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Czech latches onto a late break created by Roelandts as Greipel opens up a gap before outsprinting Richeze and Boom to take the win with the latter moving to 2nd just 1 second behind race leader Demare

Photo: Sirotti






14.08.2013 @ 17:01 Posted by Adam Aisen

For the second time in just three days of racing the usually sprinter-friendly Eneco Tour, the sprinters were denied the win by a late move that managed to keep the peloton at bay all the way to the line. Zdenek Stybar (Omega Pharma-Quick Step) was the fastest of the three riders that stayed clear and took a beautiful stage win ahead of Ariel Maximiliano Richeze (Lampre) while Lars Boom (Belkin) took third to move into 2nd on GC, just 1 second behind race leader Arnaud Demare (FDJ) who defended his jersey on a windy day.


The pure sprinters usually have plenty of opportunities in the Eneco Tour but until now the race hasn't gone their way. On the first stage they were denied by a wily move by Mark Renshaw (Belkin) and today they were once again surprised by a late break that ended up deciding the stage.


The big winner was Zdenek Stybar who stayed attentive when Jurgen Roelandts tried to lead-out his Lotto-Belisol captain Andre Greipel for the sprint with a little more than one kilometre to go. Knowing that it was too early to hit the front, the German slowed down and thus opened up a gap to his Belgian teammate.


Richeze was the first to react and got into Roelandts' wheel while Stybar followed a little later. As the peloton slowed down, defending champion Lars Boom saw an opportunity and bridged across to the front trio in which Roelandts was still doing all the work, not having realized what had happened behind him.


With a little less than 5km to go, he finally looked back, only to find out that he had drawn three fast riders clear of his captain. Having used up all his energy, he fell back to the main group while Boom made an acceleration to gain as much time as possible on GC.


Richeze and Stybar benefited from that before going head-to-head in a direct battle for the stage win. Richeze was the first to kick but Stybar surprised by coming around the sprinter to take his second ever WorldTour win one year after his win in the Cieszyn stage of the Tour de Pologne.


The front trio finished 2 seconds ahead of the peloton and as Boom gained 4 bonus seconds for taking 3rd, he moved to within 1 second of race leader Arnaud Demare who was nowhere to be seen in the final sprint. Giacomo Nizzolo (Radioshack) beat Greipel in the sprint for 4th.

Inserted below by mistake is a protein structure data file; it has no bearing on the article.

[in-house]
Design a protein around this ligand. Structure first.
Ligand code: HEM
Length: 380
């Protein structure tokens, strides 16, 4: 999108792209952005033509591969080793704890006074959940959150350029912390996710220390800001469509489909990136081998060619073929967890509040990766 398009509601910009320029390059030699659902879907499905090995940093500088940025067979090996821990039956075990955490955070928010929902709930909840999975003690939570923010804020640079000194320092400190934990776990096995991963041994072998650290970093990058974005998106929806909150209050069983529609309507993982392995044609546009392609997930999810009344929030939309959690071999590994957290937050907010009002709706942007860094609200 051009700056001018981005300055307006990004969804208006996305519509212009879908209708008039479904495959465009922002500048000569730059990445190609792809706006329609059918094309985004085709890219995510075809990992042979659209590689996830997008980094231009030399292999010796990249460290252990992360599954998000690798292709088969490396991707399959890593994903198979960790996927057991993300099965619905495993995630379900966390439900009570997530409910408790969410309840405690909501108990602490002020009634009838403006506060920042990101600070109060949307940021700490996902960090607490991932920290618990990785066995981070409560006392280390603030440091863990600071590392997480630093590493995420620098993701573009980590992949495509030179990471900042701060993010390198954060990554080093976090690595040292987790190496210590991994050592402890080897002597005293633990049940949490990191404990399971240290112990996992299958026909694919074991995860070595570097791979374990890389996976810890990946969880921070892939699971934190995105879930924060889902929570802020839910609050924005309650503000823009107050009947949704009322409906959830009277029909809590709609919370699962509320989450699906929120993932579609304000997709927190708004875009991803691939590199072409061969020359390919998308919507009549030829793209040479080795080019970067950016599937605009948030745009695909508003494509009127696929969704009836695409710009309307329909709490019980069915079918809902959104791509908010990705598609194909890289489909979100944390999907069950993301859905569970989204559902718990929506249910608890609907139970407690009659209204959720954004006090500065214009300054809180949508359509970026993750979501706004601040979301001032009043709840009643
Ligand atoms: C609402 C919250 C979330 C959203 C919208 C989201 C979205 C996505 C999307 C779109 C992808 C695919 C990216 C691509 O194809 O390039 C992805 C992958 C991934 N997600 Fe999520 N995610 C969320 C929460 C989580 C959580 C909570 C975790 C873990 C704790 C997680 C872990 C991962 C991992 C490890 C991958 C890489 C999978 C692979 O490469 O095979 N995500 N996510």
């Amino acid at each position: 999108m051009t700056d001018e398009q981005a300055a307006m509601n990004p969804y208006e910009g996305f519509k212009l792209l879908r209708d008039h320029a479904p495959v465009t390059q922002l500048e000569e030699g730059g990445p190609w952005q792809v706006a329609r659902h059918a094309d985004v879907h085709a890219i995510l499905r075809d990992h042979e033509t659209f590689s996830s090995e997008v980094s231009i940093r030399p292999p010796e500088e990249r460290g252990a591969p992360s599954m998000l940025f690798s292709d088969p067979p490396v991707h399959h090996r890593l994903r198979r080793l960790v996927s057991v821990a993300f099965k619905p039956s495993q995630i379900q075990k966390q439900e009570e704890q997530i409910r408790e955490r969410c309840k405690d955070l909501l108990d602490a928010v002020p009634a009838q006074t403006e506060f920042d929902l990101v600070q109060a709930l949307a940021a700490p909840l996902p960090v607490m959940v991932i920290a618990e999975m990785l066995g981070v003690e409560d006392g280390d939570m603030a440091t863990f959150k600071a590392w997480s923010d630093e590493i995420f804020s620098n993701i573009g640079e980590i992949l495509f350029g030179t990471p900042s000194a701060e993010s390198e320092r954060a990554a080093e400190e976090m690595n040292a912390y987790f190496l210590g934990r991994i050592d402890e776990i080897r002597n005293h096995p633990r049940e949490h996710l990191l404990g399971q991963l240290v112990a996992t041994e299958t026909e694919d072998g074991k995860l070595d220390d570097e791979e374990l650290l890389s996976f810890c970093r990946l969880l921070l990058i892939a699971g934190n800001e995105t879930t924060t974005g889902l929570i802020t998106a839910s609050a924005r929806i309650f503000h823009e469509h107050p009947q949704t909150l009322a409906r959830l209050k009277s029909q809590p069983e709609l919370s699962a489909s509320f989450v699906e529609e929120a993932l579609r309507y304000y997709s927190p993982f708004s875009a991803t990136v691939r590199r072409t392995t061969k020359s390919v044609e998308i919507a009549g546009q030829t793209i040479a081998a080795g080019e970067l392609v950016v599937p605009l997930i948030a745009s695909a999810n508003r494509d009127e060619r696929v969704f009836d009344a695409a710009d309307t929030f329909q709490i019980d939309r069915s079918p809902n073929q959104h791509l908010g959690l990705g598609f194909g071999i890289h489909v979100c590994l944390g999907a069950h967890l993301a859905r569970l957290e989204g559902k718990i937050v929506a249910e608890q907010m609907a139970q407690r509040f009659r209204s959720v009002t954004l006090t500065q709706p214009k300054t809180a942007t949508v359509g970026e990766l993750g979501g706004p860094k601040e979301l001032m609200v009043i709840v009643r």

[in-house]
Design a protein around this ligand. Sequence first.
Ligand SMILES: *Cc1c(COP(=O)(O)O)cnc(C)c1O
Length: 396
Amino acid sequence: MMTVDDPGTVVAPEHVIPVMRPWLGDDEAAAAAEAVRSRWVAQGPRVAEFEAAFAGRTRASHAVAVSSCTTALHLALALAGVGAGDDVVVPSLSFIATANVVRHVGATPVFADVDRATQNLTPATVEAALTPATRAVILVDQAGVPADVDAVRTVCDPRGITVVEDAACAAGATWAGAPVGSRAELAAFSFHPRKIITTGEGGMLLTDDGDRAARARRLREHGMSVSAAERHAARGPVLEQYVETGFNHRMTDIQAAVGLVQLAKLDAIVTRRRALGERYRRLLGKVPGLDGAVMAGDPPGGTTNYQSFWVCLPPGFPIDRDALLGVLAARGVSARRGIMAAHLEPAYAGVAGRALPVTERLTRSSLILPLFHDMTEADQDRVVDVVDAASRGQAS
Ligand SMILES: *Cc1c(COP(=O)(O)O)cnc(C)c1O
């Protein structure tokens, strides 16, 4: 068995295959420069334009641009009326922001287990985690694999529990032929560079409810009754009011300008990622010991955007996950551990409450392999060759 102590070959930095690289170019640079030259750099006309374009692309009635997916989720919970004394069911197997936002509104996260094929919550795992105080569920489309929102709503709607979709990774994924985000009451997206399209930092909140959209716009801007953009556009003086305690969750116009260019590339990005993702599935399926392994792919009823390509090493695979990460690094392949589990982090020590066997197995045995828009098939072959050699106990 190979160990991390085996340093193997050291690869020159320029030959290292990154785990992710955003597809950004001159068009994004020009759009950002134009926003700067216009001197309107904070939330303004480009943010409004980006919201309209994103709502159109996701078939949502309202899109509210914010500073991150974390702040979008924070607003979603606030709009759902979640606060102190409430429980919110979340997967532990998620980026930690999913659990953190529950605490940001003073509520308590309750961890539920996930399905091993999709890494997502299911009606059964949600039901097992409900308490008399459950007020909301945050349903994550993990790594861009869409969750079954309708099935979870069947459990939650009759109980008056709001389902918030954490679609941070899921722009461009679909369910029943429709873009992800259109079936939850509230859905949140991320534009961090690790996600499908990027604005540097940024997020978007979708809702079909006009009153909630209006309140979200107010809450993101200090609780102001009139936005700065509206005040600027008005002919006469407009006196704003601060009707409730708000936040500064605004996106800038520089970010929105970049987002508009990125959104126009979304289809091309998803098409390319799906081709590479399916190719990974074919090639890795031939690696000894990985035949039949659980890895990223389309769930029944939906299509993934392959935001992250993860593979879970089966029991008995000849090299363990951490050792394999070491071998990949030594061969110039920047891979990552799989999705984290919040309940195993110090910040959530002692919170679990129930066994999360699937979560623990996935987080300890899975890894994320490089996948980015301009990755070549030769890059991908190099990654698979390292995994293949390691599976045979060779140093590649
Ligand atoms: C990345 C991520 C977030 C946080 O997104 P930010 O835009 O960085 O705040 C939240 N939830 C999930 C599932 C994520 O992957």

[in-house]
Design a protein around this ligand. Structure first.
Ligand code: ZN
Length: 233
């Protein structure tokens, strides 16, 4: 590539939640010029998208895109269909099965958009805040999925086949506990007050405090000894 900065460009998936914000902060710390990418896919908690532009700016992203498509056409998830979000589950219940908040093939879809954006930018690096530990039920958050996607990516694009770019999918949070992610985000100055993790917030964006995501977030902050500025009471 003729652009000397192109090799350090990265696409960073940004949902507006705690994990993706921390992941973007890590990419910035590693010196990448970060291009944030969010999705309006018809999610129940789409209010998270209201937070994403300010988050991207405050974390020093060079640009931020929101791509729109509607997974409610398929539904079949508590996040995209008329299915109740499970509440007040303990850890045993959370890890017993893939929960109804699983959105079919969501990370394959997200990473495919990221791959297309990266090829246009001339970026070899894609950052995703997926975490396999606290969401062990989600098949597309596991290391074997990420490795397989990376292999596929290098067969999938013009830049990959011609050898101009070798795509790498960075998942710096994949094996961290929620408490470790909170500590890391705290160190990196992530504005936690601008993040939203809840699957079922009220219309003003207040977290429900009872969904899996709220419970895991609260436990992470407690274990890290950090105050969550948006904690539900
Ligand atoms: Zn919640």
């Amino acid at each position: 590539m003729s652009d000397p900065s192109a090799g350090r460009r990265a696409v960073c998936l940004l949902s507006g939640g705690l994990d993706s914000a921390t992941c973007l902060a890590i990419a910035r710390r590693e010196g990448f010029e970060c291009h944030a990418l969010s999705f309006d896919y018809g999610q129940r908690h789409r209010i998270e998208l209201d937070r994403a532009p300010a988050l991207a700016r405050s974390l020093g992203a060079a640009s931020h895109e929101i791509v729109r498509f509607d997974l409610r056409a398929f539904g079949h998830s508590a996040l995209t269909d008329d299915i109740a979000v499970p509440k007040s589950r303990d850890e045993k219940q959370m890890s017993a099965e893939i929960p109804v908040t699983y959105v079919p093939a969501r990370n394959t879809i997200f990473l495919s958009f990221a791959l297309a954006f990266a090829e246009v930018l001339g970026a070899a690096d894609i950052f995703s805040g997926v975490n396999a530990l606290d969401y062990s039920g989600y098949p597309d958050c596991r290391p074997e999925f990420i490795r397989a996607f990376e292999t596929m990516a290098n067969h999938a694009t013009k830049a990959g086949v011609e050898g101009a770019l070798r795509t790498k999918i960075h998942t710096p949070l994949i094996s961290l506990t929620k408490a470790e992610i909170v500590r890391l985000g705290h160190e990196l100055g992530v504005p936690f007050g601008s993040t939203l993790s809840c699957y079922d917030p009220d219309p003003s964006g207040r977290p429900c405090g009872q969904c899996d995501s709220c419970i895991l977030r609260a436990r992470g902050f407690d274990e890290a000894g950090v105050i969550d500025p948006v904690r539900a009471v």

Demare now takes his narrow lead into tomorrow's fourth stage which is the final opportunity for the sprinters in this year's race. With Tyler Farrar (Garmin) and Greipel both within 10 seconds of the race leader, Demare may lose the jersey tomorrow by virtue of bonus seconds.


A windy stage

The 187,3km stage from Oosterhout to Brouwersdam was the first on Dutch soil and brought the riders into the very windy Zeeland region. With two laps on a finishing circuit near the coast and a finish on a tongue in the North Sea, the stage was feared by many as one that could do a lot of damage despite its flat profile.


There was, however, not much drama in the first part of the stage as four riders were allowed to go clear on the headwind stretch towards the sea. Alex Rasmussen (Garmin), Eloy Teruel (Movistar), Axel Domont (Ag2r) and Jelle Wallays (Topsport) were allowed to build up a gap that reached almost 6 minutes before the peloton started to chase.


The peloton splits up

For a long time, the gap stayed at around the 5-minute mark but when the peloton reached the coast, the tension increased. A first split in the crosswinds happened with about 100km to go but it was ultimately brought back together. The acceleration had, however, seen the gap drop down to just 1.30 when the breakaway crossed the finish line to start the first of the two laps on the 32,7km finishing circuit.


FDJ had been quietly rolling along on the front in a calm moment but all hell broke loose just before the first passage of the line. Omega Pharma-Quick Step decided to accelerate in a section with crosswinds and Niki Terpstra, Sylvain Chavanel, Kevin De Weert, Gert Steegmans, Alessandro Petacchi and Guillaume Van Keirsbulck all took turns on the front as they tried to split up the group.